To further promote and expand the value chain in the circular economy, the Lagos State Government has partnered with the United Nations Industrial Development Organization (UNIDO).
These remarks were made by Dr. Dolapo Fasawe, General Manager of the Lagos State Environmental Protection Agency (LASEPA), at a workshop on the circular economy held on Tuesday in Lagos.
This workshop’s focus was on encouraging circular economy practices that contribute to the development of sustainable plastic value chains.
In an interview, Fasawe explained that the collaboration was formed to promote a transition from a linear to a circular economic model.
She also mentioned that the UNIDO, the state of Lagos, and the federal government were all involved in organising the circular economy workshop.
According to Fasawe, the state government’s end of the collaboration is made up of agencies under the Ministry of Environment and Water Resources and the Organized Private Sector.
In order to promote the circular economy, she said, advocates must educate the public about the advantages of recycling plastic.
“The truth is Nigeria 2025 will be the largest producer of plastic waste.
“We need to step up our activities in recycling and circular economy.
“Once the plastic is used, it should not just be deposited anywhere.
“It can be reused, recycled, and reduced to something else. This is because plastic is not degradable.
“And when we say economics and plastic, it means that there’s a lot of money that can be made out of plastic waste,” she said.
According to Fasawe, the World Bank found a few years ago that Lagos State was losing nearly $7 billion yearly due to its lack of adoption of the circular economy.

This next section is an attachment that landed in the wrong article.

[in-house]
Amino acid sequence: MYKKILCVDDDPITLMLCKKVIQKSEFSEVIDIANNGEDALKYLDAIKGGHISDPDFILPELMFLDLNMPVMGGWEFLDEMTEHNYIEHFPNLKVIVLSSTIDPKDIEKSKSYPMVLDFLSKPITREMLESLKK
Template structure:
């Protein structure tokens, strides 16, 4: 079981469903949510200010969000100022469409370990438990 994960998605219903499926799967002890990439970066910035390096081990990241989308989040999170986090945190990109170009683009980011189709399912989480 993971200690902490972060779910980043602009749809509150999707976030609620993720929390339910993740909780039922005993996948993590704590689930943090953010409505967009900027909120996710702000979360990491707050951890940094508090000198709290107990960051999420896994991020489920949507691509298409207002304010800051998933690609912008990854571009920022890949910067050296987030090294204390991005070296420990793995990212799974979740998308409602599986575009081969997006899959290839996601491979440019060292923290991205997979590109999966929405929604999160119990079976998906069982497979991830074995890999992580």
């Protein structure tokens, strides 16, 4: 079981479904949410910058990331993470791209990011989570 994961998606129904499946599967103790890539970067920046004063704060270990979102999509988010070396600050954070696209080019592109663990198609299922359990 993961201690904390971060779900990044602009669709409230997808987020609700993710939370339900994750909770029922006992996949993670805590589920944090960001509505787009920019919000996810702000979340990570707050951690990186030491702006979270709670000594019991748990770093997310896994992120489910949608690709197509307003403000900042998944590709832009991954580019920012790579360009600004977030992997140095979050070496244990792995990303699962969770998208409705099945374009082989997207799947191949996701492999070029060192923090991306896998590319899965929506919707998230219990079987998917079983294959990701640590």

“We are losing seven billion dollars annually, and the essence of this conference is to invite investors, and people to join us in this advocacy for recycling, reusing and creating industries, jobs, and more importantly a cleaner environment.
“You will not see these plastics on the road again if we put this approach of the circular economy on plastic waste,” Fasawe said.
Mr. Oluyomi Banjo, the UNIDO National Programme Coordinator, added that the organisation was excited to collaborate with Lagos State, one of the largest cities in both Nigeria and Africa.
Banjo argued that it was crucial for Lagos to achieve a circular economy first because it would serve as a model for the other states in Nigeria and for other parts of Africa.
According to him, if Lagos state wants to see this initiative through to fruition, it needs to create a plastics action plan based on the circular economy.
“We will bring everybody together to sensitise them on what circular economy is all about; the benefits to the environment, socially and economically.
“We will work with the private sector to be more productive and efficient to make more profit.
”We will also look at the informal sector to see how we can incorporate them in achieving this, knowing that we cannot achieve this without the informal sector,” Banjo said.
Mr. Ibrahim Odumboni, Managing Director/Chief Executive Officer of LAWMA, has commented on the efforts of the state government to encourage plastic recycling and reuse.
Odumboni stated that LAWMA was collaborating with Polysmart, a major player in the plastic recycling industry in Africa, to turn tonnes of plastic trash in the state into usable goods.
He explained that the government was encouraging people to “adopt a bin” in order to teach them the importance of sorting trash before it even gets to the curb.
He mentioned that several governmental agencies had taken action to discourage the usage of disposable plastics by banning them from their workplaces.
Mr. Tunji Bello, the state’s Commissioner of the Environment and Water Resources, had earlier thanked the UNIDO delegation for working with the state on the circular economy.
Bello, through Dr. Omobolaji Gaji, the Office of Environmental Services’ Permanent Secretary, has promised the initiative the full backing of the state government.